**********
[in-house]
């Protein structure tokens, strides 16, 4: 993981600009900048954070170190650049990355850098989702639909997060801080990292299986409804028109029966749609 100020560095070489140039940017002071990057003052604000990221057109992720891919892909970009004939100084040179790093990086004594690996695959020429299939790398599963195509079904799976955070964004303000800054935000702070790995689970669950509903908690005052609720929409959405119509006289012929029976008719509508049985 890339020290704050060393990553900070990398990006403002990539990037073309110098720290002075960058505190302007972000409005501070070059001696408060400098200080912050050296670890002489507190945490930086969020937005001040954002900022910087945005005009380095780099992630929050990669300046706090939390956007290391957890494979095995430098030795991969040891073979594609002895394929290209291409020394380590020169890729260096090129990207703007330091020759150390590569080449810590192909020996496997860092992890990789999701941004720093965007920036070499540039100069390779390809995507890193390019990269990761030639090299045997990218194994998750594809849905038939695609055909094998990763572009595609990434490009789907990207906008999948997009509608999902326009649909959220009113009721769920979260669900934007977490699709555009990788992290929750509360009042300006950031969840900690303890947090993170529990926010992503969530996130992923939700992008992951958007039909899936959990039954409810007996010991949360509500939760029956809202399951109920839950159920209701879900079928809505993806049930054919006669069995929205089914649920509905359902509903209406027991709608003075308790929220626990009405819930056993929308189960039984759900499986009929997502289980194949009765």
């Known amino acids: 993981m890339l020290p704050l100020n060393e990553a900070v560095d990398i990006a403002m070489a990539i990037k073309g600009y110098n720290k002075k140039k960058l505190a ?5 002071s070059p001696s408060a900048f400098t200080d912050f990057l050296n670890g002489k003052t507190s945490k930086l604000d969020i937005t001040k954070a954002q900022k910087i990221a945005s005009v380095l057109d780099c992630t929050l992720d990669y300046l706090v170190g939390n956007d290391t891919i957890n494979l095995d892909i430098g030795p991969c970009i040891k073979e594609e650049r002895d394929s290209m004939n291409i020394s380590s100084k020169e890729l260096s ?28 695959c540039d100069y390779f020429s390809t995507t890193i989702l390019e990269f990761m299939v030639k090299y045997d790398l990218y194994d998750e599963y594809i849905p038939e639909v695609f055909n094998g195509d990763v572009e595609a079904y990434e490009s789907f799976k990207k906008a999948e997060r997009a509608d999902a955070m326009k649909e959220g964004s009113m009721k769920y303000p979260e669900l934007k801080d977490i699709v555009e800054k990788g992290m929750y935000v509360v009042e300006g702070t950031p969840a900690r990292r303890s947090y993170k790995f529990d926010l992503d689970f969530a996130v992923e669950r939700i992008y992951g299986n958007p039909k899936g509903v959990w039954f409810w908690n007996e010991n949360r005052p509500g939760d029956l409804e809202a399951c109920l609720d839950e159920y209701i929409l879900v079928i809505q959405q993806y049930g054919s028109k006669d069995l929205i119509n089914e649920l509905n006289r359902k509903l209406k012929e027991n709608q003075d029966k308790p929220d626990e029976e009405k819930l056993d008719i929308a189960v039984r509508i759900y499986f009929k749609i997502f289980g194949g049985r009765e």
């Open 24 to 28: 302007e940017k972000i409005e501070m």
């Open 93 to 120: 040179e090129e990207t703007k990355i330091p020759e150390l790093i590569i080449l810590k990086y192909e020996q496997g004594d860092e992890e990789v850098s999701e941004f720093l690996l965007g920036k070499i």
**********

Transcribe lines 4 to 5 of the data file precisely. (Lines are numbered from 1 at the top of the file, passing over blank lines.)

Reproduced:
């Open 24 to 28: 302007e940017k972000i409005e501070m």
């Open 93 to 120: 040179e090129e990207t703007k990355i330091p020759e150390l790093i590569i080449l810590k990086y192909e020996q496997g004594d860092e992890e990789v850098s999701e941004f720093l690996l965007g920036k070499i």